4.12.17

Behind The Screen: What Are Affiliate Links? ...And Should You Use Them.

So this post idea was brought to my mind after I posted the below on my personal Facebook page:


One of my good friends responded to say she identifies with the quote so I said “y’all need to contribute to saving my life please”. To which my friend then said “I don’t understand. How do I do that?!”. And I realised that maybe I take it for granted that everyone knows everything and people understand what affiliate links are. So here’s a little story all about how... lol

Basically, we all know how we’d rather get a recommendation for something than listen to a sales person or advertising right?! Since day dot, word of mouth has served as the best promotion tool for brands everywhere. So with the rise of technology it should be no surprise that brands would find a way to take word of mouth to the next level...

These days, we as customers, have so many platforms to voice our opinions. I mean, when I get let down by the central line (again) over 4K people (potentially) will hear about it on Twitter! It’s not necessarily that Twitter is the best way to communicate with a brand but in certain situations I’ve found it to be quicker and having such a transparent conversation is usually great for getting a response. Any brand that values their reputation has members of their team monitoring social media if they don’t have dedicated staff.

Shop this post here: http://liketk.it/2tGgX

So brands created a way to reward customers who share their products etc and generate sales. These “customers” are known as affiliates; we sign up via numerous platforms (I’ve chatted lots about Affiliate Window on the blog and more recently about Reward Style) which allow us to generate links containing a code that links back to us.

Links can come in various formats from long like this: (ASOS homepage) https://www.awin1.com/cread.php?awinmid=5678&awinaffid=206187&clickref=&p= ...to short like this: (ASOS homepage) http://tidd.ly/9f531520  ...Reward style links usually look like this: (ASOS homepage) http://rstyle.me/n/cvcwxxcckix

When you click the link you’ll notice it flicks through a number of other sites before landing at the desired destination; it’s all very quick to be honest. If you click an affiliate link and go on to buy something, the affiliate will normally receive a small payment which I guess is a little “thank you” from the brand for sharing their stuff. Clicking the link usually pops a cookie in the persons browser for up to 30 days so even if a sale isn’t instant it can still be attributed to you within that time period.

Personally, I only become an affiliate for brands I love and use myself. Back in the early days of blogging I probably joined a few irrelevant ones as I had no idea what it was all about. The biggest lesson I’ve learnt is that being an affiliate doesn’t generate any income without a lot of effort and hard work. People don’t just click your link and buy. If only, eh?!! You have to share the hell out of links all whilst maintaining your authenticity. After all I’m a blogger and fitness professional not a sales woman.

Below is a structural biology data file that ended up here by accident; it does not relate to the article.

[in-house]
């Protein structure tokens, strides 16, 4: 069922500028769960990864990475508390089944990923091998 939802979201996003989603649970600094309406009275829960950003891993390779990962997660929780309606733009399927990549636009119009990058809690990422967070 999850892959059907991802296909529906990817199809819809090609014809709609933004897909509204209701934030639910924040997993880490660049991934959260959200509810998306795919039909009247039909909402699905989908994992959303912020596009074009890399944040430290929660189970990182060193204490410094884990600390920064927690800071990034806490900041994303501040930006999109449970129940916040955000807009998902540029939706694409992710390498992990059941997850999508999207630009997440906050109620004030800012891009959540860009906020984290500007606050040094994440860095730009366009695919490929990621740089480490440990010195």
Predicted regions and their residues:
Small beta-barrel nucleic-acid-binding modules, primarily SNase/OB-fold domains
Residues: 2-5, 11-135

Clicking an affiliate link will never cost you anything. And you’ll never pay more. In fact, chances are you will pay less through unique codes that are shared via affiliates. During Black Friday for example, MyProtein had some epic deals; on one particular day they had an extra 20% off their already discounted stuff but if you used the code affiliates were sharing then you could get that to 22% off! Every little % counts right?!

I’ve heard that some people go out of their way not to click affiliate links and I don’t fully understand why. If you’ve read someone’s content and are interested in what they are sharing with you, why would you not wanna especially if people are open and honest about using them? ...cos what we get rewarded with is usually insignificant on its own. Normally a maximum of 10% with “day to day” brands, more frequently around the 2-5% mark.

I have a section in my policies on the blog about affiliate links and if I knowingly use them in a blog post I will add a “contains affiliate links” tag. The money I make from affiliate schemes normally just goes back into running the blog and my goal next year is to move to Wordpress selfhosted which will be an added cost for me but beneficial in the long run so short of putting a donate button in my sidebar (lol) every little bit of affiliate income will go to good use!

Here's a post I wrote about sharing affiliate links: Behind The Screen: 6 Quick Tips For Sharing Affiliate Links

...and if you have any questions about affilIate links or how I use them pop them in the comments below or get in touch via my social media channels linked below...


Elle :)

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1 comment:

  1. Thank you, this post is perfect timing as I am now trying to get into affiliate programs and finding it all a bit daunting, but this post has helped loads

    ReplyDelete

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